From the generalization of synchronized sound to the advent of a new century marked by the emergence of new audiovisual phenomena, critics have followed a movement from film as text to audience reception. After the first denunciations of synchronous speech as a redundant tool that threatened the purity of the medium, theorists tried to define sound in relation with the images.

Although they usually preserved a hierarchy that favored the visual, their first attempts at a taxonomy pointed to film sound as a possible object of research. When film sound studies really developed from the late s onwards, the first issue was with developing an appropriate vocabulary. The issue of taxonomy has been further complicated for French critics who have to deal with an imprecise translation of voice-over into voix-off.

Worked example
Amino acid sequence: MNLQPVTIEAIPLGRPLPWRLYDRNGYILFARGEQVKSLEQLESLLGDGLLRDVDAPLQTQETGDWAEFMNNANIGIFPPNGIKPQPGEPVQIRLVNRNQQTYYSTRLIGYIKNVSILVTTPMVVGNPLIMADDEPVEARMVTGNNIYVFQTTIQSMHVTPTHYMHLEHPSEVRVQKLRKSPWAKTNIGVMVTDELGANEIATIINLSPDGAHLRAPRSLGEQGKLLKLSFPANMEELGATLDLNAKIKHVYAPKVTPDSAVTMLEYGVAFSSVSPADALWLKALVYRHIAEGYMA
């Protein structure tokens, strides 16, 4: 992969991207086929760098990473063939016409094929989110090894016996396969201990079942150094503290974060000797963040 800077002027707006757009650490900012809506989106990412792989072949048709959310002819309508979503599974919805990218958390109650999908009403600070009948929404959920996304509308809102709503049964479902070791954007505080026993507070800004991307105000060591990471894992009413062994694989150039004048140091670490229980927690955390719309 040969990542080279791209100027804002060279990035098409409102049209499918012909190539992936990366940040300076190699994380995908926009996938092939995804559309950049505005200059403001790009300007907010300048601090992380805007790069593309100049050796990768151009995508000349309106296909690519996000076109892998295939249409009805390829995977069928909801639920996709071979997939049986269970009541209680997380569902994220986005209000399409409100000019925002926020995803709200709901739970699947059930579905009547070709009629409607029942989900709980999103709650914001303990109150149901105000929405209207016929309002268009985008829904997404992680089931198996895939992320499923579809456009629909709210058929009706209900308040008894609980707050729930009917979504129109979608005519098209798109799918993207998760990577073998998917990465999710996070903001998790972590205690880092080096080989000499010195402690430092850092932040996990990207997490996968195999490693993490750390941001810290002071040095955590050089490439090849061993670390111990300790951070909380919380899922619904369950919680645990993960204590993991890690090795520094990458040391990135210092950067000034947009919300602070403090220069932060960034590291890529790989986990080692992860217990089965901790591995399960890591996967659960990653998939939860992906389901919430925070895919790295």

Nonetheless, the solution retained by most is to keep the traditional triad while insisting on the porosity of each category. Yet, it is important to keep in mind that in the area of film sound studies, the preference for certain terms may be linked to particular approaches. As film sound studies developed, they followed the theoretical path trodden by film studies in general. Thus, the psychoanalytic approach was adopted by several critics with even more enthusiasm when they chose to focus on the voice.

Feminist scholars, who in the aftermath of Mulvey were concerned with issues of fetishism in film, saw in the female voice in cinema a topic that would demonstrate the patriarchal nature of the cinematic apparatus. Their contributions to the field remain landmarks for anyone studying the voice in audiovisual media.